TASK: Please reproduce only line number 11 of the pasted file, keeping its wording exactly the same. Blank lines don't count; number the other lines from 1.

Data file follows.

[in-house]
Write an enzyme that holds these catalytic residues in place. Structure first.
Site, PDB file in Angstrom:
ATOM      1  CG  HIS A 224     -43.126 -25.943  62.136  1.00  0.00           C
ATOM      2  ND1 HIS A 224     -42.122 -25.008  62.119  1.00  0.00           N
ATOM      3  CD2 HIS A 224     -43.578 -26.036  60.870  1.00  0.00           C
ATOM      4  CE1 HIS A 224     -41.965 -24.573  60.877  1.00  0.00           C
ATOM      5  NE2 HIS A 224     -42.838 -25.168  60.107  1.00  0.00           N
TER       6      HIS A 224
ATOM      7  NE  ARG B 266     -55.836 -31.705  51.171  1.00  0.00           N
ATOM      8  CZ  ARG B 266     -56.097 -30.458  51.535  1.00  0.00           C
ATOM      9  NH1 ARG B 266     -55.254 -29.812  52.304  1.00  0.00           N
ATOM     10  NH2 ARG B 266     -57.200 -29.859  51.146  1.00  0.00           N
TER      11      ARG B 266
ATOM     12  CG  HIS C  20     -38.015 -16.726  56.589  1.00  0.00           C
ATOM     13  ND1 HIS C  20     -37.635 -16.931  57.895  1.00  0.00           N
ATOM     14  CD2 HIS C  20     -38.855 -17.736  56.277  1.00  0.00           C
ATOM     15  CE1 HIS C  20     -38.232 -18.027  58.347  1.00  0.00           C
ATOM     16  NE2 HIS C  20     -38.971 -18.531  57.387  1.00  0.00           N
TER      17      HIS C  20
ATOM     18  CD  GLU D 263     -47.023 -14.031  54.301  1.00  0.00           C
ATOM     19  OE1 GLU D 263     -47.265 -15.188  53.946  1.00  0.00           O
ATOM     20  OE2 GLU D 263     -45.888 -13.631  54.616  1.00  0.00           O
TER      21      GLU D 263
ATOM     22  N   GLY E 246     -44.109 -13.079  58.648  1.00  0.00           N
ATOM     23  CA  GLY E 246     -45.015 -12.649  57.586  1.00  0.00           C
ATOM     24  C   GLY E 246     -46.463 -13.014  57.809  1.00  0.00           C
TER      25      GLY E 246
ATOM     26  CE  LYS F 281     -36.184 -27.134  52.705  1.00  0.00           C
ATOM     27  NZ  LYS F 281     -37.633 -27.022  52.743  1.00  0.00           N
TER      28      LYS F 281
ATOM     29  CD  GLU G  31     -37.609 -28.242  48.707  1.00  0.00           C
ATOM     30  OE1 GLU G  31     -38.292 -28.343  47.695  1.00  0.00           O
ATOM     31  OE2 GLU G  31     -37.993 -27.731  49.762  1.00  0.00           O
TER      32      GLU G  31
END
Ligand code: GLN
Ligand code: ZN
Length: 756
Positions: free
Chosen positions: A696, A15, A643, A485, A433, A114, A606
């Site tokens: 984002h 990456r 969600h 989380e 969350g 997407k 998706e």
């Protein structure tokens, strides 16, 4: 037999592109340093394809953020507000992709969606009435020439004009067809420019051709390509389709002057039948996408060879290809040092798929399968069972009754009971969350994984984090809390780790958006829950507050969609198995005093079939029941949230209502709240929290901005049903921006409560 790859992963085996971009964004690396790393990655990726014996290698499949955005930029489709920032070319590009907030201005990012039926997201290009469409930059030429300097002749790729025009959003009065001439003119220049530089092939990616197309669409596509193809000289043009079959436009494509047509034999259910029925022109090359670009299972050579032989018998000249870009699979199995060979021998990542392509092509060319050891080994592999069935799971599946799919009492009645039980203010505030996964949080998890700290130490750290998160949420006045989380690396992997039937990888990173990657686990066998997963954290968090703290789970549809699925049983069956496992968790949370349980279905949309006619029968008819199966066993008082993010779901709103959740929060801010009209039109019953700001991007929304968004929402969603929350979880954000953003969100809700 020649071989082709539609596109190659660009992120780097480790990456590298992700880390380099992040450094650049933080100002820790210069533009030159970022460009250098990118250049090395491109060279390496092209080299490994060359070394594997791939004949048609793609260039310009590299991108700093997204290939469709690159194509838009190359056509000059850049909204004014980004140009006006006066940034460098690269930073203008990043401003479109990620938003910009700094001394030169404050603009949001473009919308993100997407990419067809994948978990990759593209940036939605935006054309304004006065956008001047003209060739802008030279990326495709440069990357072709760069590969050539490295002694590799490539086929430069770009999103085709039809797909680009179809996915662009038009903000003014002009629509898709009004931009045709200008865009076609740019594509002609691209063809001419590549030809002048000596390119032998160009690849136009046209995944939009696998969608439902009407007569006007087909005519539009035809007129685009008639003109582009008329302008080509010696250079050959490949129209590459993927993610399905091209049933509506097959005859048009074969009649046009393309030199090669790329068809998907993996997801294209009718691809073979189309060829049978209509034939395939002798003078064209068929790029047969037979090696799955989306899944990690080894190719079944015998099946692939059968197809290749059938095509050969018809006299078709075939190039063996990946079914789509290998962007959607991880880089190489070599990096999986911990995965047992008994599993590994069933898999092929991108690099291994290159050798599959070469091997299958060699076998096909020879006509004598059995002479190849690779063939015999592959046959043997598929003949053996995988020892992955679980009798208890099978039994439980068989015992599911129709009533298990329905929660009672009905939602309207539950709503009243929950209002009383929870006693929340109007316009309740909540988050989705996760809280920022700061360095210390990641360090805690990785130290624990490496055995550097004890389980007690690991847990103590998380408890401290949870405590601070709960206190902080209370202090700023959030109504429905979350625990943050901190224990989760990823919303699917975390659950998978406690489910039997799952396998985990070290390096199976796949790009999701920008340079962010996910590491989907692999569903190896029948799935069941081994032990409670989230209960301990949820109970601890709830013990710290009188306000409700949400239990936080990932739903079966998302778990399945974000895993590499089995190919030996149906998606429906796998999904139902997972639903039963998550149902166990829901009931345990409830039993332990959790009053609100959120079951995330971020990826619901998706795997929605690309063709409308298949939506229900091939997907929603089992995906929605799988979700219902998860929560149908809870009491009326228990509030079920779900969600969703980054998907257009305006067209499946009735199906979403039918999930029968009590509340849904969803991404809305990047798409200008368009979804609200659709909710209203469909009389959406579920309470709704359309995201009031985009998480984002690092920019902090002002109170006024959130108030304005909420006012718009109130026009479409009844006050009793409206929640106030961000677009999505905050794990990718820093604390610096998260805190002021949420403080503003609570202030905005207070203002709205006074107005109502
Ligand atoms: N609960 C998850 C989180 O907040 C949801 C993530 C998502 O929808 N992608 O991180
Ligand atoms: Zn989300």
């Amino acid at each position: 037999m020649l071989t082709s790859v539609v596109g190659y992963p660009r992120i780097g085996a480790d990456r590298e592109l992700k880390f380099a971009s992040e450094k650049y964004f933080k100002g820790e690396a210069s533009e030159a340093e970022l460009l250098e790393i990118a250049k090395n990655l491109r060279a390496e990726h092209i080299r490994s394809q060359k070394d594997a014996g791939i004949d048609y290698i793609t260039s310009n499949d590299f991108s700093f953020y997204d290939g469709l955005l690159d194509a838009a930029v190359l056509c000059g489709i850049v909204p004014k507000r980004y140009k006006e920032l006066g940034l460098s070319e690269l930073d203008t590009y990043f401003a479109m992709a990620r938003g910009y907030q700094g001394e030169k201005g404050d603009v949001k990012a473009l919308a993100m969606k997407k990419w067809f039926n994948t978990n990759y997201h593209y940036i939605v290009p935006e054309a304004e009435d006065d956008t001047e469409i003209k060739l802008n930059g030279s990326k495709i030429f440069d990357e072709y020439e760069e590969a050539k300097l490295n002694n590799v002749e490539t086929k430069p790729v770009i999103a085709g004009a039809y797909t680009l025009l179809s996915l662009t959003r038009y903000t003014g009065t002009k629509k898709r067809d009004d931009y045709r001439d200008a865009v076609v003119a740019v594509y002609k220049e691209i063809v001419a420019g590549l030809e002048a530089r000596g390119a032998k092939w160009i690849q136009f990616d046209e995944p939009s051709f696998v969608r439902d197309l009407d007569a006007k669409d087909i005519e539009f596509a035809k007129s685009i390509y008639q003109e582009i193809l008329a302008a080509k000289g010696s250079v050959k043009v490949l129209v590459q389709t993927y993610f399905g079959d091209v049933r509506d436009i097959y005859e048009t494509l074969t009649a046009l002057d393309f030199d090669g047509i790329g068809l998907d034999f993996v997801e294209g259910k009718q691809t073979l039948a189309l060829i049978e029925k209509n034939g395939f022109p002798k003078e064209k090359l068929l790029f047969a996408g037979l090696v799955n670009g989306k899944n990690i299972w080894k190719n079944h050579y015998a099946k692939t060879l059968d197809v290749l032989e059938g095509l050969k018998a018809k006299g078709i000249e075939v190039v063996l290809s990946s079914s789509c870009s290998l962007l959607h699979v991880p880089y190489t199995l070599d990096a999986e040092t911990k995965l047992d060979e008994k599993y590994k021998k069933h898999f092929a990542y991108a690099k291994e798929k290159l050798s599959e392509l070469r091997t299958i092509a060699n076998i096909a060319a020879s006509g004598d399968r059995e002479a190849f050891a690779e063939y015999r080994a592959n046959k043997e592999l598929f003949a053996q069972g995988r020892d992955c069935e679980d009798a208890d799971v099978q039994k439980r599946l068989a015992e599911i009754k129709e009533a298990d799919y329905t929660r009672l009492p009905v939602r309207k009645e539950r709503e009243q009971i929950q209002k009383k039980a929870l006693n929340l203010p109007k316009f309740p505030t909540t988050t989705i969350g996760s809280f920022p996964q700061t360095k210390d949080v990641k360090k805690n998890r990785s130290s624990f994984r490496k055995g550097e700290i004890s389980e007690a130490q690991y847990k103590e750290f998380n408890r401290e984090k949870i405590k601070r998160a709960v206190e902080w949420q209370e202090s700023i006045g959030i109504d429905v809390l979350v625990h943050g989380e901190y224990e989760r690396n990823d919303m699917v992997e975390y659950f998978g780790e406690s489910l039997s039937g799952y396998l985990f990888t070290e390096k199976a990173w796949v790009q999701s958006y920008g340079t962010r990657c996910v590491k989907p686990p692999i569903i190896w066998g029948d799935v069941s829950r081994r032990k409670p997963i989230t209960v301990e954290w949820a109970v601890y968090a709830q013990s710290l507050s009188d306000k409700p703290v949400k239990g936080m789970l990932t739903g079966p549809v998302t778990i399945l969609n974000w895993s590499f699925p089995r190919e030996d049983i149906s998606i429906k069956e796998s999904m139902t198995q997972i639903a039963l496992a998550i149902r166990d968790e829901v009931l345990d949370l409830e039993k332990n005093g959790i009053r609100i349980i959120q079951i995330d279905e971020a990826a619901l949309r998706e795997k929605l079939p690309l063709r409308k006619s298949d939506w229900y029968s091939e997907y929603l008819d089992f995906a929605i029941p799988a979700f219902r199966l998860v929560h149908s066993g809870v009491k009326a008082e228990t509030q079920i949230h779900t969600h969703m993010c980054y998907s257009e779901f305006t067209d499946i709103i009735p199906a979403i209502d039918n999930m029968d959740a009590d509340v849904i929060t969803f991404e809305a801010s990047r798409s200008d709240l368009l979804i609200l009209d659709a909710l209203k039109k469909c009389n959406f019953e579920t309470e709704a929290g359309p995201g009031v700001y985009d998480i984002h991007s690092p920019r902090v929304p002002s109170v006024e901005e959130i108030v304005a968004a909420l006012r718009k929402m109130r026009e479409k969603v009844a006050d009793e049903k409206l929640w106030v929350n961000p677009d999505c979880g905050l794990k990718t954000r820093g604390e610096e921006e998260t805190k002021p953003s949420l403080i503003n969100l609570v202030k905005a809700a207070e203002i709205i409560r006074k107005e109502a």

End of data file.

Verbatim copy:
ATOM      8  CZ  ARG B 266     -56.097 -30.458  51.535  1.00  0.00           C